A former detective turned television presenter, who helped expose the Jimmy Savile sex abuse scandal, says following the Leveson Inquiry “many police officers will just not speak to journalists”.
Mark Williams-Thomas, whose investigations featured in the ITV documentary Exposure: The Other Side of Jimmy Savile, also fears tougher regulation of the media could mean the “press will be scared to report major issues”.
Lord Justice Leveson has called for off-record briefings to be scrapped and all meetings between reporters and police chiefs recorded.
A total of 57 people including 23 Sun journalists have also now been arrested as part of Operation Elveden, Scotland Yard’s investigation into inappropriate payments to public officials between 2004 and 2011.
Williams-Thomas, a child protection expert formerly employed with Surrey Police, says relations between newspapers and police forces have changed dramatically.
He said: “Police officers are very worried about talking to journalists. Not because they are giving anything away, but because they have suspicion on this if they talk to a journalist.
“Officers for many years have conducted themselves appropriately in meetings with journalists, it is the very small minority that abuse this position.
“Many police officers will just not talk to journalists. This is where we are at the moment.”
Unofficial chats with senior officers and detectives can be essential for gathering information, which helps journalists better understand investigations.
Often the information cannot be made public because it could prejudice criminal proceedings or impact an ongoing criminal case.
Williams-Thomas added: “Off the record briefings and conversations are vital as they enable the media to be guided.
“This adds to sensitive and appropriate reporting and without it in many cases this will make the police role even harder and public less informed. It is vital to remember Leveson is a recommendation, not a ruling.”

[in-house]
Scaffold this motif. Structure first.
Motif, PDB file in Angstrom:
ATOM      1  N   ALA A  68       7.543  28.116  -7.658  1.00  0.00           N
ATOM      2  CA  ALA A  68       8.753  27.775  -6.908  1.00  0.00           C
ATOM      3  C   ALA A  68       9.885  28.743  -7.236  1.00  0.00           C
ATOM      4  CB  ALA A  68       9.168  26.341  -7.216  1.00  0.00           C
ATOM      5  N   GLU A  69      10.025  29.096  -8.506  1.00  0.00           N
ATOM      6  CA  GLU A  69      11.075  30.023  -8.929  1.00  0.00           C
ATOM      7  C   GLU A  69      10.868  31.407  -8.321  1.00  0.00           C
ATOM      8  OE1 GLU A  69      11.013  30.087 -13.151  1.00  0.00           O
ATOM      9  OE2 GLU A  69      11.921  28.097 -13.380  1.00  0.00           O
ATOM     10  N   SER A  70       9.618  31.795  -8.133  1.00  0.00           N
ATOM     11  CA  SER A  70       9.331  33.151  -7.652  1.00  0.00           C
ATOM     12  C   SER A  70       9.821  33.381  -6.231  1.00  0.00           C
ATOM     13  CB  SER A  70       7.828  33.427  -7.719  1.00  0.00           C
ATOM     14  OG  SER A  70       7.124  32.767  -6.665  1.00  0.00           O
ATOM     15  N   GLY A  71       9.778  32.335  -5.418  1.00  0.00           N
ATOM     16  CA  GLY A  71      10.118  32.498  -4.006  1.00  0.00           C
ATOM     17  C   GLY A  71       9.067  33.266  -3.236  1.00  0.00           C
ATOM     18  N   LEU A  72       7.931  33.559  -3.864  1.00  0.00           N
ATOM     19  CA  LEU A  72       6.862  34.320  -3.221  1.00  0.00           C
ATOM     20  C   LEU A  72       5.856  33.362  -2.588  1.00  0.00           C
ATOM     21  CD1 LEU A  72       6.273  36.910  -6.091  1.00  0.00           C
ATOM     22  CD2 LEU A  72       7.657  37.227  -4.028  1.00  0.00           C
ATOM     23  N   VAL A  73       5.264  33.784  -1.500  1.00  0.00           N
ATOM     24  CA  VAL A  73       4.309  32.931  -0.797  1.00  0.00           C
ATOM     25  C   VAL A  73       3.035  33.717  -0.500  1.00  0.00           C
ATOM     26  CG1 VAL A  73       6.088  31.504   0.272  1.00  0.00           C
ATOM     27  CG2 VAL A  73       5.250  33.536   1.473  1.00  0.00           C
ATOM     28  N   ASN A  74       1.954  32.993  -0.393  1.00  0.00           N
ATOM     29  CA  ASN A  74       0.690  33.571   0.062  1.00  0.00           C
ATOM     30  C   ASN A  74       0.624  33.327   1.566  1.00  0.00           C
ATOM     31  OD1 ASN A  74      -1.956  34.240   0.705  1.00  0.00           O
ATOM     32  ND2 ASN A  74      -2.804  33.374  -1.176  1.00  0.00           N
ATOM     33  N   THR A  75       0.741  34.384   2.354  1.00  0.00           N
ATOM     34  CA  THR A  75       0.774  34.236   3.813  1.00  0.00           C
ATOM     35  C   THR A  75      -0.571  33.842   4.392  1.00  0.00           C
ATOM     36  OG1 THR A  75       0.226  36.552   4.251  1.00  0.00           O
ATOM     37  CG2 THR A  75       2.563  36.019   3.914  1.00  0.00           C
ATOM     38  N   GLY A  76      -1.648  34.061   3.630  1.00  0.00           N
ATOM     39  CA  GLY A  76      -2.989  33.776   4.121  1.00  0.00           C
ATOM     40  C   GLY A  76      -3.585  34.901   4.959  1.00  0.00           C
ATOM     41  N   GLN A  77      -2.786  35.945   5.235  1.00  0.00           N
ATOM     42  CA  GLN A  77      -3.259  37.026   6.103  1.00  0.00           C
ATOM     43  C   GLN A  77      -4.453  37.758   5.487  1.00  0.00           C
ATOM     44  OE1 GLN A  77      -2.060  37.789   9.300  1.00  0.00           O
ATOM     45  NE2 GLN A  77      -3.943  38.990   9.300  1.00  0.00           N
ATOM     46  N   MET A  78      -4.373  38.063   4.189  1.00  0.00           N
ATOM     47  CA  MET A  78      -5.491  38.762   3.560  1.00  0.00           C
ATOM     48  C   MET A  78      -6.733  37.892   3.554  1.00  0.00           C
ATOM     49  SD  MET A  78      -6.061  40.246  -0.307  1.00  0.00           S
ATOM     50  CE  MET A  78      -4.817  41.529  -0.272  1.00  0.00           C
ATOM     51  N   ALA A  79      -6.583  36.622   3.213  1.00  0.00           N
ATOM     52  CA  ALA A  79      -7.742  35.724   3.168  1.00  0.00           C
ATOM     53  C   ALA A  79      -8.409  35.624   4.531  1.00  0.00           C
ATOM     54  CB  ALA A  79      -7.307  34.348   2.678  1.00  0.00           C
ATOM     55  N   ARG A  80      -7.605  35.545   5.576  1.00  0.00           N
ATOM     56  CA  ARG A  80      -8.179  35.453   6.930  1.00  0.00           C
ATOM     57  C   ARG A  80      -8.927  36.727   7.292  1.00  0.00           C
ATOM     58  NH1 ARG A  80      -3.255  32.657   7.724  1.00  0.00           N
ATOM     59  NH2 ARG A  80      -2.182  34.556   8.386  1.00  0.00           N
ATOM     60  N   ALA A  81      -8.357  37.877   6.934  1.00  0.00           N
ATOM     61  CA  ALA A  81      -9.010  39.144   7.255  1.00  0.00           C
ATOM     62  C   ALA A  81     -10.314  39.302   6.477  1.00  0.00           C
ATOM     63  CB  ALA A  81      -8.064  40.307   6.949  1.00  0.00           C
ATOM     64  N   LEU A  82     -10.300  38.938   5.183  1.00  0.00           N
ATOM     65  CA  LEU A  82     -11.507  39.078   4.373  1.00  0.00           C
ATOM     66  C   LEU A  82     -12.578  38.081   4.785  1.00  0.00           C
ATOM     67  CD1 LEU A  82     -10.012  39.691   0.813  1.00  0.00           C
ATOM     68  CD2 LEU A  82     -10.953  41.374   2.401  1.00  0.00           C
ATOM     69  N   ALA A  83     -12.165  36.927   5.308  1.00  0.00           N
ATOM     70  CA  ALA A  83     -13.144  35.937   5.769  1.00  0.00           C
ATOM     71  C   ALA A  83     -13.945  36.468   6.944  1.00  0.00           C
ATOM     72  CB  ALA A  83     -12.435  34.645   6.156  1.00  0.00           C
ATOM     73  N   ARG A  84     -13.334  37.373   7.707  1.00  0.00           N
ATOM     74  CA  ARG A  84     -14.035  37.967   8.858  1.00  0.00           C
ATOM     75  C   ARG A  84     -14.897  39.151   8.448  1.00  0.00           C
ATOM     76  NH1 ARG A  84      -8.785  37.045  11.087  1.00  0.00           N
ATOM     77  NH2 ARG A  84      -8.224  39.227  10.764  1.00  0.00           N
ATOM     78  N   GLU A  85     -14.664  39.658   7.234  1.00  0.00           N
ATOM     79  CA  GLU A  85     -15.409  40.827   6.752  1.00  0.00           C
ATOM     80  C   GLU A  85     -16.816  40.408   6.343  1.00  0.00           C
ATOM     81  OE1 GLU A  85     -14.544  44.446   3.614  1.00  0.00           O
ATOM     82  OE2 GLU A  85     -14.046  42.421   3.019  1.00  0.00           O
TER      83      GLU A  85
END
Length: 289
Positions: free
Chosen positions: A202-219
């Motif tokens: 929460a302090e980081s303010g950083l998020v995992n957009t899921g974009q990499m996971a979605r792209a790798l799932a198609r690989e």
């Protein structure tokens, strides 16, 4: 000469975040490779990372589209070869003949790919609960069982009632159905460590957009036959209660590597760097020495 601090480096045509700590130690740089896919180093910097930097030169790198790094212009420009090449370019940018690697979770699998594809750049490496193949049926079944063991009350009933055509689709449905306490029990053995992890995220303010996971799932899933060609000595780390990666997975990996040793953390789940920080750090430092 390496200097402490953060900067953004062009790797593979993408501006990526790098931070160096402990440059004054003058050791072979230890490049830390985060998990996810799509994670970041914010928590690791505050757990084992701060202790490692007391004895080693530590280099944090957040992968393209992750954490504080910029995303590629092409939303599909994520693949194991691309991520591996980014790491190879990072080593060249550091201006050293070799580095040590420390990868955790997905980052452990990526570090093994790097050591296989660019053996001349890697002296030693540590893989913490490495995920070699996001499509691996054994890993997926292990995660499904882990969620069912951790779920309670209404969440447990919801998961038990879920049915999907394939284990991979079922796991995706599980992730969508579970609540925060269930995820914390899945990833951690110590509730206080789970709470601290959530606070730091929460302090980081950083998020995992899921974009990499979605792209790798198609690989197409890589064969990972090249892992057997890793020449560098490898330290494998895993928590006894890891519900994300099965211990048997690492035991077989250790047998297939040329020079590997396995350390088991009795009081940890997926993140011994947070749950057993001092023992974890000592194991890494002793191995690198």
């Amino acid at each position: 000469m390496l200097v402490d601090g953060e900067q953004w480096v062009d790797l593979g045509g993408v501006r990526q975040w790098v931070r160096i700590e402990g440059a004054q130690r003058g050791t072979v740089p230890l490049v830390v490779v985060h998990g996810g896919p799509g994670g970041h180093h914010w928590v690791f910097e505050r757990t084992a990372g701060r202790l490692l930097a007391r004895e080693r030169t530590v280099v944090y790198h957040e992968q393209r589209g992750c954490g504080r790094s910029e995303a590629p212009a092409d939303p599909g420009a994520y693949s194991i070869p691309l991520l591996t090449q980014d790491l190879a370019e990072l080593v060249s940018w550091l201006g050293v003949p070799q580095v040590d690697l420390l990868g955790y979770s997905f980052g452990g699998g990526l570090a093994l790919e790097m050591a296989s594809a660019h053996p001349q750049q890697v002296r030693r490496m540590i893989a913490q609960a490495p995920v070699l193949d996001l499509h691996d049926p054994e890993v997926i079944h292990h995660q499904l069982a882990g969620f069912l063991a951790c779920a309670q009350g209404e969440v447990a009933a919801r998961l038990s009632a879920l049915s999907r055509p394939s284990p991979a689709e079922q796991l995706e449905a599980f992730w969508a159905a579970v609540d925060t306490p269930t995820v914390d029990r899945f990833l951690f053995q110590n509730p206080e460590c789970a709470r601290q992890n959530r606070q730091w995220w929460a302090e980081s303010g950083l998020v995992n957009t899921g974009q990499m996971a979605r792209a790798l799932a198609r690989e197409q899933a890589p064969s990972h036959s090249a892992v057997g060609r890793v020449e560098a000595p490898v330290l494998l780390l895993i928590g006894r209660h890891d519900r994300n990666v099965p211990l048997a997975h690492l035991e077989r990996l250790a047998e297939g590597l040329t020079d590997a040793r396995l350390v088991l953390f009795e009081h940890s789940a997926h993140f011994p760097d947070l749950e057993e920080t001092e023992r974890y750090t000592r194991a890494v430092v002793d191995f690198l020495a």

Lord Justice Leveson also recommended police whistle-blowers first contact the Independent Police Complaints Commission instead of speaking to journalists.
There has, however, been concern that the relationship between journalists and the police will inadvertently become more secretive rather than transparent.
“It is always a danger that this may occur,” said Williams-Thomas.
The Exposure documentary, which aired in October, featured five women who were allegedly abused by Savile. The dramatic revelations uncovered by Williams-Thomas sparked a public outcry and massive police and NSPCC investigation.
More than 200 criminal offences across 28 police forces have now been linked to Savile.
Williams-Thomas, currently studying for a PhD in criminology at Birmingham City University, fears the media could be hesitant to cover controversial stories in future.
“I think the reality is that the impact will lead to greater media speculation, or the opposite greater control of the media, i.e. a press that is scared to report major issues.
"[It is] important to remember that the role the media have in exposing wrongdoing is vital [such as] Hillsborough and Savile.
"The reality of Leveson is that if criminal offences took place then they need prosecuting but this does not mean the whole system needs change.
“Sadly in this country when the pendulum is seen to have swung past centre one way, the response is to overreact. Whereas what we should be aiming at is the pendulum in the centre.”
This story was first published on the blog of Paul Harper.